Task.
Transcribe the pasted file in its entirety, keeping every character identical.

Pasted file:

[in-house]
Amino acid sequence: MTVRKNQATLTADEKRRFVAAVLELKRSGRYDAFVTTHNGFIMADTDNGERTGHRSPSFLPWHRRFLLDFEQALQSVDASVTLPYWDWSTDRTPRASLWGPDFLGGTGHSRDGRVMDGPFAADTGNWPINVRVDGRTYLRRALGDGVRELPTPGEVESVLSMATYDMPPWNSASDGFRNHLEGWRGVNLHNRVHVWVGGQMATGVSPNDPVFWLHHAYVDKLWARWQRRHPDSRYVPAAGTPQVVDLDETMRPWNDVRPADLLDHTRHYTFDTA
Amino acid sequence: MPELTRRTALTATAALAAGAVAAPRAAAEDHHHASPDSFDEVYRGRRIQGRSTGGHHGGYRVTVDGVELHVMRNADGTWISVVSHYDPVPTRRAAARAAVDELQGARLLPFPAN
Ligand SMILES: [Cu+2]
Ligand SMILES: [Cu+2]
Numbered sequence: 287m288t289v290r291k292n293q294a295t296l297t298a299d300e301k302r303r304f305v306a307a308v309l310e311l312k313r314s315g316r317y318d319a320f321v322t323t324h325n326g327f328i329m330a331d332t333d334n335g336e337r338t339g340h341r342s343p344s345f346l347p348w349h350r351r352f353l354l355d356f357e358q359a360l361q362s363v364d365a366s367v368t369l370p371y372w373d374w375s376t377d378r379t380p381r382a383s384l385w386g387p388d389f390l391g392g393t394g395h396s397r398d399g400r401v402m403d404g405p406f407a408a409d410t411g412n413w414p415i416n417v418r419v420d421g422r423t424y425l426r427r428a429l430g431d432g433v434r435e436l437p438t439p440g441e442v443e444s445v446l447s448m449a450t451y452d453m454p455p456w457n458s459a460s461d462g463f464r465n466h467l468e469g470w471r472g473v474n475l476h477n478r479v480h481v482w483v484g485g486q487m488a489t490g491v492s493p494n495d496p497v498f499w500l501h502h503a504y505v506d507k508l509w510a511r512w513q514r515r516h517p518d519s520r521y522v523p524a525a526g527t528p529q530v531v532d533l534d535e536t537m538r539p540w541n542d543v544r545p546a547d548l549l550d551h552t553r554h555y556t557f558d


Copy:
[in-house]
Amino acid sequence: MTVRKNQATLTADEKRRFVAAVLELKRSGRYDAFVTTHNGFIMADTDNGERTGHRSPSFLPWHRRFLLDFEQALQSVDASVTLPYWDWSTDRTPRASLWGPDFLGGTGHSRDGRVMDGPFAADTGNWPINVRVDGRTYLRRALGDGVRELPTPGEVESVLSMATYDMPPWNSASDGFRNHLEGWRGVNLHNRVHVWVGGQMATGVSPNDPVFWLHHAYVDKLWARWQRRHPDSRYVPAAGTPQVVDLDETMRPWNDVRPADLLDHTRHYTFDTA
Amino acid sequence: MPELTRRTALTATAALAAGAVAAPRAAAEDHHHASPDSFDEVYRGRRIQGRSTGGHHGGYRVTVDGVELHVMRNADGTWISVVSHYDPVPTRRAAARAAVDELQGARLLPFPAN
Ligand SMILES: [Cu+2]
Ligand SMILES: [Cu+2]
Numbered sequence: 287m288t289v290r291k292n293q294a295t296l297t298a299d300e301k302r303r304f305v306a307a308v309l310e311l312k313r314s315g316r317y318d319a320f321v322t323t324h325n326g327f328i329m330a331d332t333d334n335g336e337r338t339g340h341r342s343p344s345f346l347p348w349h350r351r352f353l354l355d356f357e358q359a360l361q362s363v364d365a366s367v368t369l370p371y372w373d374w375s376t377d378r379t380p381r382a383s384l385w386g387p388d389f390l391g392g393t394g395h396s397r398d399g400r401v402m403d404g405p406f407a408a409d410t411g412n413w414p415i416n417v418r419v420d421g422r423t424y425l426r427r428a429l430g431d432g433v434r435e436l437p438t439p440g441e442v443e444s445v446l447s448m449a450t451y452d453m454p455p456w457n458s459a460s461d462g463f464r465n466h467l468e469g470w471r472g473v474n475l476h477n478r479v480h481v482w483v484g485g486q487m488a489t490g491v492s493p494n495d496p497v498f499w500l501h502h503a504y505v506d507k508l509w510a511r512w513q514r515r516h517p518d519s520r521y522v523p524a525a526g527t528p529q530v531v532d533l534d535e536t537m538r539p540w541n542d543v544r545p546a547d548l549l550d551h552t553r554h555y556t557f558d